This hilarious novel centers on Andrew Mackerel, the intellectual minister of the comically-named People’s Liberal Church of Avalon, Connecticut. Andrew, a recent widower, wants to remarry, but can’t even date, because his parishioners keep dedicating memorials to his late wife.
How can he meet women? Well, easily enough. He meets Molly Calico, an aspiring actress who works at the zoning board, when he files a complaint about a “Jesus Saves” billboard. He tells her he cannot write sermons with this monstrosity in view. Molly agrees it’s tacky, but thinks the common people need an easily comprehensible moral philosophy. And she wonders what the Apostle Paul would say. Andrew replies, “I have no idea, but Oscar Wilde reminds us that while crime is not vulgar, vulgarity is a crime. ” And that gives you an idea of the witty repartee.
I very much enjoyed De Vries’s portrayal of the outrageously funny, conservative Mrs. Calico (Molly’s mother), who reminds Andrew of Beatrix Potter’s Tabitha Twitchit. She primly drinks tea and talks about the importance of roots, says the family is coming back (Andrew asks, “Are you expecting relatives?”), and announces, “Poetry went to the dogs under the Taft administration.”
De Vries reminds me vaguely of David Lodge–so funny!
DO YOU HAVE A SERVANT PROBLEM?
Bewildering Cares is a cross between E. M. Delafield’s Diary of a Provincial Lady and Jan Struther’s Mrs. Miniver. I also kept mixing it up with another cozy novel I read this month, E. M. Delafield’s The Way Things Are.
In Bewildering Cares, the heroine, Camilla Lacey, describes her life during the spring of 1940. She tells us her husband, Arthur, is the opposite of the stereotypical bumbling vicar: Arthur is a tall, dark, clean-shaven, brilliant man who took a First in Greats before World War I. The Laceys live in a manufacturing town, where they deal with people of all classes.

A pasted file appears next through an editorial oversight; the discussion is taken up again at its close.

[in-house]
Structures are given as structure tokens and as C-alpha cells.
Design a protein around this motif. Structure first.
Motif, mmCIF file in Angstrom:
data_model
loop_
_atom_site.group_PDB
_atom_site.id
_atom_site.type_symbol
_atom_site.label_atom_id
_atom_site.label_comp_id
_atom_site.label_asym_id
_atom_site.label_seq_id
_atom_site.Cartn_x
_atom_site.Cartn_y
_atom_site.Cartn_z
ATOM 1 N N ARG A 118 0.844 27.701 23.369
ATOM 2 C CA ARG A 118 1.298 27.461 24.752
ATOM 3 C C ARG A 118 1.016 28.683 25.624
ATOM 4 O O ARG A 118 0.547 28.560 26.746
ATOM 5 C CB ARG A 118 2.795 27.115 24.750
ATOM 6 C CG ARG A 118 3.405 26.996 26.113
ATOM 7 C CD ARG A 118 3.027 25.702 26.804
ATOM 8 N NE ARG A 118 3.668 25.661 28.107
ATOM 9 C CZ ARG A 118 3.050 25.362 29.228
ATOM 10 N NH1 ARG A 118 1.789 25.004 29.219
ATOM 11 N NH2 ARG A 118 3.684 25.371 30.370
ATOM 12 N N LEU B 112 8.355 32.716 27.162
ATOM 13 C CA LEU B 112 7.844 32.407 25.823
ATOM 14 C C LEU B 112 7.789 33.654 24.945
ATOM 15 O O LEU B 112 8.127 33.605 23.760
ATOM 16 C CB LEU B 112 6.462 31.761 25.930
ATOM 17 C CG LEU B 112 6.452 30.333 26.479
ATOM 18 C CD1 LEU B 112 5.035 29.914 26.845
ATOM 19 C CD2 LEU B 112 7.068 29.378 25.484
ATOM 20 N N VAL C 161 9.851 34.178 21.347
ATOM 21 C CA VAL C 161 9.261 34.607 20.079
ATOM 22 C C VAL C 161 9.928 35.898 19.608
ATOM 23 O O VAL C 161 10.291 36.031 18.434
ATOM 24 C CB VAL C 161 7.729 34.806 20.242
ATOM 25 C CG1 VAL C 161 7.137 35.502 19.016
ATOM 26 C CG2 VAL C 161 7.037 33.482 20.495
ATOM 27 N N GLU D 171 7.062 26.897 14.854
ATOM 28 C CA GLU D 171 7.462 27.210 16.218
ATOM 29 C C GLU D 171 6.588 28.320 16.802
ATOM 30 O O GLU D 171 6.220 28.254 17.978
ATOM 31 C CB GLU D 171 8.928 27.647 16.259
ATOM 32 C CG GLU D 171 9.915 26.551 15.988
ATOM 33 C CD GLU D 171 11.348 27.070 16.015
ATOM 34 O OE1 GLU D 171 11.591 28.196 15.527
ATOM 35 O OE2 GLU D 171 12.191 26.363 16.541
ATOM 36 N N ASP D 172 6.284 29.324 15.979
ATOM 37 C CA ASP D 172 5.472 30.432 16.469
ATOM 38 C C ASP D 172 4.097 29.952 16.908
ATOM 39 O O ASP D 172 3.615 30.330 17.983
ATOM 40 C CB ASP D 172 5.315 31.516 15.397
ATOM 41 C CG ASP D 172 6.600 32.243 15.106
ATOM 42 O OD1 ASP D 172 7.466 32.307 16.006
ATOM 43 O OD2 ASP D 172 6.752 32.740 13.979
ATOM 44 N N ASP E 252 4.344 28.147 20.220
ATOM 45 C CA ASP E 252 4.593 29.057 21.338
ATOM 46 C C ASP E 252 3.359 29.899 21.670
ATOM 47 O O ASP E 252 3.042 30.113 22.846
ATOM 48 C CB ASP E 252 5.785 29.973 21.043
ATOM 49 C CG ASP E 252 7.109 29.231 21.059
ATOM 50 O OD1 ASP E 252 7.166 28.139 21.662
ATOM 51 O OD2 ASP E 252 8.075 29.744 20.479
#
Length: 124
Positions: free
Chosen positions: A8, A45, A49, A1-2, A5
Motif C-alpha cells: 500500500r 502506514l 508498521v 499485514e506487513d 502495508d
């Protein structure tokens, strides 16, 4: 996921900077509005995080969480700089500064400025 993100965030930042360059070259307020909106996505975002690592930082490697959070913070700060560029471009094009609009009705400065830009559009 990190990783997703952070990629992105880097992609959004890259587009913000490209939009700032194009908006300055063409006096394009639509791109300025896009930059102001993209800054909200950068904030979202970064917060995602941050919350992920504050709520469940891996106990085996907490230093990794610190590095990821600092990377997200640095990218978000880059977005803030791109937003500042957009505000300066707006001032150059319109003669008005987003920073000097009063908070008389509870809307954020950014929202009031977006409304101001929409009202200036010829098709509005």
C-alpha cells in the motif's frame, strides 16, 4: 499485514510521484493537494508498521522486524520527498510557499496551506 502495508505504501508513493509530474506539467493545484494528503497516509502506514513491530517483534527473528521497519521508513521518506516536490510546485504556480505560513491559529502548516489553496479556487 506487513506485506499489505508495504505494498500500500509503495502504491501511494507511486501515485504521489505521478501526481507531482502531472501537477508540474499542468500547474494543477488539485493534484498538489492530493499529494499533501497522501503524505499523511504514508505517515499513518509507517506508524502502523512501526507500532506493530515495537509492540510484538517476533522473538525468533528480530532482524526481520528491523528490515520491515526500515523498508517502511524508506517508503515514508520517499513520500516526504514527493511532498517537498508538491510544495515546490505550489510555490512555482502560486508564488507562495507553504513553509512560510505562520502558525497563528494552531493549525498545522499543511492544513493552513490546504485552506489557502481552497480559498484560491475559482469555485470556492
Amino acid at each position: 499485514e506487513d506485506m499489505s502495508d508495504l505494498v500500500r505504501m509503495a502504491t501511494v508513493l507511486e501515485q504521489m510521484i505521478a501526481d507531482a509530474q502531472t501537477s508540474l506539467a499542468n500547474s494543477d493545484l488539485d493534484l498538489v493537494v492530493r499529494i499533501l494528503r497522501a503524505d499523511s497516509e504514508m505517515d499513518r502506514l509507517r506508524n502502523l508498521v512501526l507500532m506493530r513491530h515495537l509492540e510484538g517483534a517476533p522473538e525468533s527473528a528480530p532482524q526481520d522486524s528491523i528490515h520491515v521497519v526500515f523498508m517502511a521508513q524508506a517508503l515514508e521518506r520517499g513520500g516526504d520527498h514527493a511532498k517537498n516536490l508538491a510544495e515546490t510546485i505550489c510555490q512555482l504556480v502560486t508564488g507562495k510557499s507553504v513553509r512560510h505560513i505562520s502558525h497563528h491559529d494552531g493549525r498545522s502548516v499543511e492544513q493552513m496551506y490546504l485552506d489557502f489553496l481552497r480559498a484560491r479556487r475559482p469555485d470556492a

Camilla’s work as vicar’s wife is divided between visiting the poor and sick, lunching with the nouveau riche, committee work—and the women in the committees are difficult—and managing the enormous cold vicarage.
Camilla divides the housekeeping with her only servant, the loyal Kate. They share the housework and cooking, but cooking is challenging because it is difficult to find good ingredients during the war.
I often wonder if other women who are taking to their own work in war-time are filled with the same stupefied admiration for domestic servants which I feel now. Unruffled, they seem to be able to leave milk on the boil while they answer the Laundry and oblige with 3s. 6 ¾ d., wipe the flour off their hands while they respond to the Rubbish, break off in whipping up an egg to polish and take up the shoes, and keep a kindly eye on the soup even while, at the basement gate, a gentleman is imploring them to view the writing-paper in his attaché-case.
There is a plot: when the curate, Mr. Strang, a pacifist, preaches against the war, everyone is up in arms. The Laceys wish he’d be more tactful, but they manage to soothe ruffled feathers. Plus Mr. Strang gets dangerously ill—that, in fact, is what saves him from the witch hunt!
This slight novel, published by Furrowed Middlebrow, is very entertaining, and is available as a very cheap e-book.